Gender Pay Gap Report 2018
As a large employer, and in accordance with gender pay legislation, this is our Gender Pay Gap information as at 5 April 2018.
Median Gender Pay Gap – 0%
Mean Gender Pay Gap – 11.93%
We have fixed pay grades for our operational roles which means that our female and male employees are paid equally when they carry out identical roles.
We do not have a gender pay gap when comparing the average median rates of pay of women and men within the organisation. Women’s mean average earnings by hourly rate are 11.93% lower than men’s (compared to 15.54% last year and 17.9% national average).
Whilst we are pleased to note that our mean gender pay gap is better than the national average and has improved since last year we recognise that there is still more to be done to improve it and work towards greater gender pay parity. We continue to support and encourage women into the higher level roles within the company and have done so during the last year.
Our gender pay gap exists mainly because we have a greater number of female employees (88% female, 12% male) with a higher proportion of women in our non-managerial roles. Within society there has historically been an unequal sharing of care responsibilities which has contributed to a higher proportion of women taking career breaks and part-time work, which is generally lower paid. 97% of Orian roles are part-time. In addition, national data shows that the gender pay gap widens as the age of employees increases, particularly over the age of 40 (Source: ACAS/Government Equalities Office). The average age of an Orian employee is 49.
There are more women than men at every level of the business. However, whilst 50% of female employees are paid in the upper two quartiles this compares to 58% of male employees in the same categories. These numbers have moved closer to equality over the last 12 months.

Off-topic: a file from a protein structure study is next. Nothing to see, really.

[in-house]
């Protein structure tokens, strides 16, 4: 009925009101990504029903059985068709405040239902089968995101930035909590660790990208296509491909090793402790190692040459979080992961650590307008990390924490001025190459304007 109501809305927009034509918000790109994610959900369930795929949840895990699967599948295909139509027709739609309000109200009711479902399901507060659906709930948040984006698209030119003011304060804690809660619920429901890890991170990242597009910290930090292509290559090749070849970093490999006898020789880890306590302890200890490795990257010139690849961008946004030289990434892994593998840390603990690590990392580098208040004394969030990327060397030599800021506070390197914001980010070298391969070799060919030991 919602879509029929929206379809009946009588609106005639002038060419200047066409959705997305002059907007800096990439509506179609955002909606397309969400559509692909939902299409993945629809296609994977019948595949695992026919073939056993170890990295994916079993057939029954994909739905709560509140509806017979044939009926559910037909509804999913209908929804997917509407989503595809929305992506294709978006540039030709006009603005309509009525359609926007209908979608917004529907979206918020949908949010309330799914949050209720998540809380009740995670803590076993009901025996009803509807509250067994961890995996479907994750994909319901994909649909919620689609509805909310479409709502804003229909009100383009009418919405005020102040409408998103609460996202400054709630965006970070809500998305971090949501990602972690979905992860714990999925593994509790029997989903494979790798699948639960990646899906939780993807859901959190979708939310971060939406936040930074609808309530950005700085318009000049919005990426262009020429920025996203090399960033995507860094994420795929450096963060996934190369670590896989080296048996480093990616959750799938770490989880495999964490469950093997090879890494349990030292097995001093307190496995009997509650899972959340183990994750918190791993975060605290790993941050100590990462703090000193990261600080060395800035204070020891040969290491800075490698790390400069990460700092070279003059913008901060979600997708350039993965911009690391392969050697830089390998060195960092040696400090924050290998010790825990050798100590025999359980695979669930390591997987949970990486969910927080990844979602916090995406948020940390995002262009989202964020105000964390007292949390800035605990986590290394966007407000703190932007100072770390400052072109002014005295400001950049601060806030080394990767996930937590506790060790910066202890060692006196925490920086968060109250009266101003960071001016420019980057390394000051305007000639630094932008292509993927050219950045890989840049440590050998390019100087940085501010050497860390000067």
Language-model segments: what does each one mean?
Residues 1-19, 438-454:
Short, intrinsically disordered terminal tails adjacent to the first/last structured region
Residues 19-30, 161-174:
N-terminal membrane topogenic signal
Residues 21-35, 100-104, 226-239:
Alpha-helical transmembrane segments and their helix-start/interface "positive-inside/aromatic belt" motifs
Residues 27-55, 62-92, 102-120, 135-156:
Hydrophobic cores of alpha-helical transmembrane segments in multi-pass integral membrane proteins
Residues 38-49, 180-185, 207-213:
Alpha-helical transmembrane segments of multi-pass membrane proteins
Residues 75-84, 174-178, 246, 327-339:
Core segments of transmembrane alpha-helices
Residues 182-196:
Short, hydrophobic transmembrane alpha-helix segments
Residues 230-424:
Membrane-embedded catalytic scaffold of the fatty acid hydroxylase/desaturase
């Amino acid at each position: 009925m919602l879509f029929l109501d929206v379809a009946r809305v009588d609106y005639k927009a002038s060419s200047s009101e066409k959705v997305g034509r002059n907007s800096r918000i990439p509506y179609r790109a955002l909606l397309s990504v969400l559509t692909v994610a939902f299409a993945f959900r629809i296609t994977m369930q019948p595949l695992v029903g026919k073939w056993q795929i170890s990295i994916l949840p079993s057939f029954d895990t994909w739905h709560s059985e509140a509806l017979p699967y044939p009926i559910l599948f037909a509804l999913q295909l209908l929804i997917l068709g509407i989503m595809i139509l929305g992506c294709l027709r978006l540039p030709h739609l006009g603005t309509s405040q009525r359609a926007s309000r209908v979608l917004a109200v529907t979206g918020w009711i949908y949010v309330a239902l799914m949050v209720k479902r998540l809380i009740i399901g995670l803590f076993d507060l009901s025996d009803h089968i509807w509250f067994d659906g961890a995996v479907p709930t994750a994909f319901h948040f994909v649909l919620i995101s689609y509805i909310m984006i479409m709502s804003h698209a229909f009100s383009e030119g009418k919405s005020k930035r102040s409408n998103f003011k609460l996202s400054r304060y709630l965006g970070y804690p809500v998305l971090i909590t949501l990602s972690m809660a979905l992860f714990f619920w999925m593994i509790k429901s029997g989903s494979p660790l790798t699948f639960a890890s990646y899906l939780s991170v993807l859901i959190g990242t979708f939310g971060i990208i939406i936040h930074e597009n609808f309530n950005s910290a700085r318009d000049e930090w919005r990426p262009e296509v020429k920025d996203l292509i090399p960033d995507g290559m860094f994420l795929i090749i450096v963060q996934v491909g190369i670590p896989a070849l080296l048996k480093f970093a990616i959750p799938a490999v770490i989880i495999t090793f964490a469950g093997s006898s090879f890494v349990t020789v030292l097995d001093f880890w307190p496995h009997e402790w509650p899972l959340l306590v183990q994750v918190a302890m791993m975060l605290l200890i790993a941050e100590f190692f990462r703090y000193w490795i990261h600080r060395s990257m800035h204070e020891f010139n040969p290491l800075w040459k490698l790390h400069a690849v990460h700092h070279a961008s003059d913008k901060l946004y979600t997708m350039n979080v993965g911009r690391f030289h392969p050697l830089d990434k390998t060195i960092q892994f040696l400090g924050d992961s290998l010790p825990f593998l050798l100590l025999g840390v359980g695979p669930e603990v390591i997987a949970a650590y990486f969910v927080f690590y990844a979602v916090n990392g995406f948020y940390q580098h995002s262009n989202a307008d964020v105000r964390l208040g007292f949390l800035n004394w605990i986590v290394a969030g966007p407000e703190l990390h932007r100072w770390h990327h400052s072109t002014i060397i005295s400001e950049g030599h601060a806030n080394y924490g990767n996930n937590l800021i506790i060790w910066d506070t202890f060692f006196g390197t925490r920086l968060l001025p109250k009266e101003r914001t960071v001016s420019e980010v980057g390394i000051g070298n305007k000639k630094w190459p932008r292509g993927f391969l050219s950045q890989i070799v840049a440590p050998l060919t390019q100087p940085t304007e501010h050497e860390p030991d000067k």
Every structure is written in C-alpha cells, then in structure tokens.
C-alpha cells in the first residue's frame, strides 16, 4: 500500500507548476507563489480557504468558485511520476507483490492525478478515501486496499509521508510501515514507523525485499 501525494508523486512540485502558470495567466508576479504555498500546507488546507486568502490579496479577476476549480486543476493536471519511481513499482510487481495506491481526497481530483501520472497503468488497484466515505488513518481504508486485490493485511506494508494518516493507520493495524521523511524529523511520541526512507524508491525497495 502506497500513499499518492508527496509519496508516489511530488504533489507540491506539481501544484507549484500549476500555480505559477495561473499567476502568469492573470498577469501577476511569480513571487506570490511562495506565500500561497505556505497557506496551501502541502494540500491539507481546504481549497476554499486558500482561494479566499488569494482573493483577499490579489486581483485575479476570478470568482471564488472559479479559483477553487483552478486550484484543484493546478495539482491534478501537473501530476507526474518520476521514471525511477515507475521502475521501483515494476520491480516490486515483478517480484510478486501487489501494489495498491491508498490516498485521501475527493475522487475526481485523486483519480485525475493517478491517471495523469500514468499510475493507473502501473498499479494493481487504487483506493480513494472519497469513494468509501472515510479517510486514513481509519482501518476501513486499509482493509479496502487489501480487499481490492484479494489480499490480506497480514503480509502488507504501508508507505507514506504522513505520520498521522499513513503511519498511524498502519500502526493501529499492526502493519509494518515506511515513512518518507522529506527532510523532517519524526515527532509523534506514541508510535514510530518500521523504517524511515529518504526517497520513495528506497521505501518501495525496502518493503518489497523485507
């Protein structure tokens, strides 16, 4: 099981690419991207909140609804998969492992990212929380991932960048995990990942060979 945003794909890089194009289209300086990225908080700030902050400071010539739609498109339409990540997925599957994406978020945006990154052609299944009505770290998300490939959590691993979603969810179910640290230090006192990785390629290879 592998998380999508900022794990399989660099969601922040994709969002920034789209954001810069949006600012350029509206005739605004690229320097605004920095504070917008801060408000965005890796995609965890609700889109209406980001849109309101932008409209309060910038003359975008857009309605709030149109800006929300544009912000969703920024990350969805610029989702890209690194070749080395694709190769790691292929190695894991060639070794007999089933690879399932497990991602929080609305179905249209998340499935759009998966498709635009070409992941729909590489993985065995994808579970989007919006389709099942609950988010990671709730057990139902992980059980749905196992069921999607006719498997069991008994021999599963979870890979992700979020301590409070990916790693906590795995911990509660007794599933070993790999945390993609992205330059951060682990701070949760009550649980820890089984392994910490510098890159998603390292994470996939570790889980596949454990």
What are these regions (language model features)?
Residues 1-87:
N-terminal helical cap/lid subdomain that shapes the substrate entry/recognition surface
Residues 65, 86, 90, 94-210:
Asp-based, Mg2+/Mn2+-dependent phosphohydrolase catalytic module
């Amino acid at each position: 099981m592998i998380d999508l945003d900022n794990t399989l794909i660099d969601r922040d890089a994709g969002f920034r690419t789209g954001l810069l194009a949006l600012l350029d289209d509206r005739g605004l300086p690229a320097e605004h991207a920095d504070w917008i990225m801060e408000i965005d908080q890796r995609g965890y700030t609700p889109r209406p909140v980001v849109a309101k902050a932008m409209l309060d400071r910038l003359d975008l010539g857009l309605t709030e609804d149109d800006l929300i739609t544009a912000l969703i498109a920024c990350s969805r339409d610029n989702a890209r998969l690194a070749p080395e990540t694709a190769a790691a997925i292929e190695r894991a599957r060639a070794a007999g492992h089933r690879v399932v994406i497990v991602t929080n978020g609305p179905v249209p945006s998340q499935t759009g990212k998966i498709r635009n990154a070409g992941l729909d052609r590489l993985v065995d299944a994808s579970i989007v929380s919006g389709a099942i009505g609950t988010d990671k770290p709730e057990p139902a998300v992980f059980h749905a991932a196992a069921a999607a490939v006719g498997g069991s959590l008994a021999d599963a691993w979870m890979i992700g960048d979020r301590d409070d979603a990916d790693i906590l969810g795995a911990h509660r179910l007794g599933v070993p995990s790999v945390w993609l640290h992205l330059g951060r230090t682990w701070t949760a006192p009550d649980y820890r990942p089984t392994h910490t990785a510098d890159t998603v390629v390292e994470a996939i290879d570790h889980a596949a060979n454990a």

97% of our roles are operational and consequently the gender of the people in the organisations’ more highly paid senior roles (only 3% of our roles) have a significant impact on our gender pay gap. For instance if we were to have a female instead of a male in one of our most senior positions the overall mean gender pay gap would drop from 11.93% to 7.93%. Similarly if we were to employ more men in operational roles, while keeping the overall number of employees the same, the gender pay gap would reduce.
1.3% of male employees received a bonus (3% last year)
0.2% of female employees received a bonus (0% last year)
Mean Bonus Gender Pay Gap – 99% (100% last year)
Median Bonus Gender Pay Gap – 90% (100% last year)
We pay very few bonuses. During the financial year 2017/18 only four employees received a bonus. These were specific performance/sales achievement bonuses which were position-related.
As an equal opportunities employer we always believe in appointing the best candidate for the role, regardless of their gender or other factors, however we are always keen to attract applications from people of any gender to achieve a diverse workforce of talent.
I confirm the accuracy of this report.